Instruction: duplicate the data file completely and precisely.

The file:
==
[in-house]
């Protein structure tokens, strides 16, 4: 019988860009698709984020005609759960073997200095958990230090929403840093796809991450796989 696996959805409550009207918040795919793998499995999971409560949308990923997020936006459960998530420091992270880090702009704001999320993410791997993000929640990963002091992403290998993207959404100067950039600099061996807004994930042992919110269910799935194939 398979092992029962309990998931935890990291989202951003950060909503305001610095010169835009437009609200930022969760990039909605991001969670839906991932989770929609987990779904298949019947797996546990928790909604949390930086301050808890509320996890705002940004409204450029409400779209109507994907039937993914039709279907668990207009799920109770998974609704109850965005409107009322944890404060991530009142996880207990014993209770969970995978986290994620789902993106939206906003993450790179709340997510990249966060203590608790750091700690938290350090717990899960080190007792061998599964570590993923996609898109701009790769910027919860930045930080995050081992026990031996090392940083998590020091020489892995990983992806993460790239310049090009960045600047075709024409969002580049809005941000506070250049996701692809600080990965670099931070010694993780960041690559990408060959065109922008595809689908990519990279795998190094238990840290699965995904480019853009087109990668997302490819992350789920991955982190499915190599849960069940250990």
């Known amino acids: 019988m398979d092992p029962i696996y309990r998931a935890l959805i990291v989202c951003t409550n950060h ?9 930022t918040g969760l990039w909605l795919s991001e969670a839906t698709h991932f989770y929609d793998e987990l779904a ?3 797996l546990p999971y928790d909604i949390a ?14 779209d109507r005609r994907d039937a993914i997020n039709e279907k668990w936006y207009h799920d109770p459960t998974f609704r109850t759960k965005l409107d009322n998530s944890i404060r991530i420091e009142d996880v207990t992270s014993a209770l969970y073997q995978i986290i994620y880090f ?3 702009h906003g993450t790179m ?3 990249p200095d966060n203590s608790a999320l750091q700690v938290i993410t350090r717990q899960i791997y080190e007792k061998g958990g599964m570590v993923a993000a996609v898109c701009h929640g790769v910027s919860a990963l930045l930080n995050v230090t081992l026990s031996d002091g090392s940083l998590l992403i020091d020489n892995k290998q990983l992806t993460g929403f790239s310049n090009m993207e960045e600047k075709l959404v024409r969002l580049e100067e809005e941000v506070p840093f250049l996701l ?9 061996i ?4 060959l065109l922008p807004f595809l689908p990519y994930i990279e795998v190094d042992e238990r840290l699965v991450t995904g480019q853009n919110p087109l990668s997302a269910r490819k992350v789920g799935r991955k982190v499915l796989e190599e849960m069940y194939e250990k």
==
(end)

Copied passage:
[in-house]
């Protein structure tokens, strides 16, 4: 019988860009698709984020005609759960073997200095958990230090929403840093796809991450796989 696996959805409550009207918040795919793998499995999971409560949308990923997020936006459960998530420091992270880090702009704001999320993410791997993000929640990963002091992403290998993207959404100067950039600099061996807004994930042992919110269910799935194939 398979092992029962309990998931935890990291989202951003950060909503305001610095010169835009437009609200930022969760990039909605991001969670839906991932989770929609987990779904298949019947797996546990928790909604949390930086301050808890509320996890705002940004409204450029409400779209109507994907039937993914039709279907668990207009799920109770998974609704109850965005409107009322944890404060991530009142996880207990014993209770969970995978986290994620789902993106939206906003993450790179709340997510990249966060203590608790750091700690938290350090717990899960080190007792061998599964570590993923996609898109701009790769910027919860930045930080995050081992026990031996090392940083998590020091020489892995990983992806993460790239310049090009960045600047075709024409969002580049809005941000506070250049996701692809600080990965670099931070010694993780960041690559990408060959065109922008595809689908990519990279795998190094238990840290699965995904480019853009087109990668997302490819992350789920991955982190499915190599849960069940250990």
């Known amino acids: 019988m398979d092992p029962i696996y309990r998931a935890l959805i990291v989202c951003t409550n950060h ?9 930022t918040g969760l990039w909605l795919s991001e969670a839906t698709h991932f989770y929609d793998e987990l779904a ?3 797996l546990p999971y928790d909604i949390a ?14 779209d109507r005609r994907d039937a993914i997020n039709e279907k668990w936006y207009h799920d109770p459960t998974f609704r109850t759960k965005l409107d009322n998530s944890i404060r991530i420091e009142d996880v207990t992270s014993a209770l969970y073997q995978i986290i994620y880090f ?3 702009h906003g993450t790179m ?3 990249p200095d966060n203590s608790a999320l750091q700690v938290i993410t350090r717990q899960i791997y080190e007792k061998g958990g599964m570590v993923a993000a996609v898109c701009h929640g790769v910027s919860a990963l930045l930080n995050v230090t081992l026990s031996d002091g090392s940083l998590l992403i020091d020489n892995k290998q990983l992806t993460g929403f790239s310049n090009m993207e960045e600047k075709l959404v024409r969002l580049e100067e809005e941000v506070p840093f250049l996701l ?9 061996i ?4 060959l065109l922008p807004f595809l689908p990519y994930i990279e795998v190094d042992e238990r840290l699965v991450t995904g480019q853009n919110p087109l990668s997302a269910r490819k992350v789920g799935r991955k982190v499915l796989e190599e849960m069940y194939e250990k």